Using genetic techniques to investigate the sources of the invasive alga in three new locations in Australia

TitleUsing genetic techniques to investigate the sources of the invasive alga in three new locations in Australia
Publication TypeJournal Article
Year of Publication2002
AuthorsSchaffelke, B., Murphy N., & Uthicke S.
Refereed DesignationRefereed
JournalMarine Pollution Bulletin
Volume44
Issue3
Pagination204 - 210
Date Published03/2002
ISSN0025326X
Abstract

The invasive green alga Caulerpa taxifolia has gained a high profile due to ‘outbreaks' in the Mediterranean and California. During the year 2000 three new discrete locations colonised by abundant C. taxifolia were discovered in New South Wales (NSW), Australia. Sequencing of the internal transcribed spacer (ITS) region of the ribosomal DNA was used to explore the source(s) of these new records, which is an important prerequisite for subsequent environmental management responses. Our results indicate that the NSW C. taxifolia originated from several sources and, hence, through different invasion events. For two of the new records (Port Hacking, Careel Bay) it can be excluded that they are derived from the so-called “aquarium strain” of C. taxifolia, closely related to the invasive Mediterranean populations. Port Hacking is likely to have originated from tropical native populations. However, samples from Lake Conjola cannot be sufficiently distinguished with the applied technique from native C. taxifolia in Moreton Bay and the Mediterranean/“aquarium strain”.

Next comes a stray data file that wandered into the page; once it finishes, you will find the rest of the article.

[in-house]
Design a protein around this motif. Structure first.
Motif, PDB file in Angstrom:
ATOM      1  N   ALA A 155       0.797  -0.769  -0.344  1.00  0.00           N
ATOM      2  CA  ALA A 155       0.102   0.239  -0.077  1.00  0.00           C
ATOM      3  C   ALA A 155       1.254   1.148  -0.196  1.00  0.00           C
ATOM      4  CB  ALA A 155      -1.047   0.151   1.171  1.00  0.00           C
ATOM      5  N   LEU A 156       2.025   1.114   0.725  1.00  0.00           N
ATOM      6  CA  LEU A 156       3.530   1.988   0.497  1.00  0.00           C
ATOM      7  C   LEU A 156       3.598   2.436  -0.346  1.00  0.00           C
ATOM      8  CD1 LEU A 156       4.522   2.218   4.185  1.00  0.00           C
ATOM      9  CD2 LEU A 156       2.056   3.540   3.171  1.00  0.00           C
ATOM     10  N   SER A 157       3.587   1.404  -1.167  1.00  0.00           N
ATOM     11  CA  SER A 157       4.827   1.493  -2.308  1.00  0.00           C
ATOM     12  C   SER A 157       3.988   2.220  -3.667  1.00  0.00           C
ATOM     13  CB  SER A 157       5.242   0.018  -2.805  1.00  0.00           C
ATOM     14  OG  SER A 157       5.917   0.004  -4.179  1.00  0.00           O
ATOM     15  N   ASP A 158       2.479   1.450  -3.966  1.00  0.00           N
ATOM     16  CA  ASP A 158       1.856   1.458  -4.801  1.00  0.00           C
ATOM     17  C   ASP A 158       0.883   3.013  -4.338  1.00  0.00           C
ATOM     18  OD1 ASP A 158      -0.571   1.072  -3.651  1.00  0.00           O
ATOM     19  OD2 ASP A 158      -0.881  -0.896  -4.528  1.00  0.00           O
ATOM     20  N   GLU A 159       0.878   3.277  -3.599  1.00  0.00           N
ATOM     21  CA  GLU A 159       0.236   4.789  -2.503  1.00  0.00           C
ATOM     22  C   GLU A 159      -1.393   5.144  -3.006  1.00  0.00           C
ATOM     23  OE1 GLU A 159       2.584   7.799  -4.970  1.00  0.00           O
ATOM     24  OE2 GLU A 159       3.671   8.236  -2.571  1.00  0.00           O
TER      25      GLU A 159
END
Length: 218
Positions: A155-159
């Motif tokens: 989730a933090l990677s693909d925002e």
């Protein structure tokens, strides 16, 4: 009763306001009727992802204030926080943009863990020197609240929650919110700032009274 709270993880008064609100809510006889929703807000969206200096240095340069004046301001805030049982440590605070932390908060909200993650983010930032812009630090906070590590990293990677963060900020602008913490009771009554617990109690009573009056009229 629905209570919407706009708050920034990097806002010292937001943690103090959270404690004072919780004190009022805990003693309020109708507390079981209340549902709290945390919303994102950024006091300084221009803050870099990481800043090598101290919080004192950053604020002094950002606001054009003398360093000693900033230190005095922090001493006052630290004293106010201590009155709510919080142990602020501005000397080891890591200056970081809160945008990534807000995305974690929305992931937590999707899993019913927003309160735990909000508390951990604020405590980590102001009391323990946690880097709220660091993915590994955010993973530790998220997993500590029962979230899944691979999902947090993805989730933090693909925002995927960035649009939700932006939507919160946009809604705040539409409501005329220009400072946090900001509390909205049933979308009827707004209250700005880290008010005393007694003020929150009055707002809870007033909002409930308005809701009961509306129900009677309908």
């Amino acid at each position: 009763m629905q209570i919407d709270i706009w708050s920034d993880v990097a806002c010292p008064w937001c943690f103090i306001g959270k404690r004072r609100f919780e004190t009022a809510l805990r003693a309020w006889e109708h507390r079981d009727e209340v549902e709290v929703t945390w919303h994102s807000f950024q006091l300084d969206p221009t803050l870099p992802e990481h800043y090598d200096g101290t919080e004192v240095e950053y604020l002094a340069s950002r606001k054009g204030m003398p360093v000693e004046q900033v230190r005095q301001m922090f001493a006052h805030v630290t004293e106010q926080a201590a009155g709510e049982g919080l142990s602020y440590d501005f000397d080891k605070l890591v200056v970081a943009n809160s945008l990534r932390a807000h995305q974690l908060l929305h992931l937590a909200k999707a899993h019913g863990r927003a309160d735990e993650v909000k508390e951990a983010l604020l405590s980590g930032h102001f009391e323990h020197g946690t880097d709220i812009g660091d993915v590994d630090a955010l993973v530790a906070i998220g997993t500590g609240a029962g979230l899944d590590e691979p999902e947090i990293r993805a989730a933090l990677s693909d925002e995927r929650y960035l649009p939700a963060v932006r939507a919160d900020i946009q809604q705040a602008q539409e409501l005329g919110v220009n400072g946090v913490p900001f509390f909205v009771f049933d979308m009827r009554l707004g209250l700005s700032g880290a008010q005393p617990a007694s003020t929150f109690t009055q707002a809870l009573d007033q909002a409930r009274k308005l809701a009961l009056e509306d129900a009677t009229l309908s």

DOI10.1016/S0025-326X(01)00202-8
Short TitleMarine Pollution Bulletin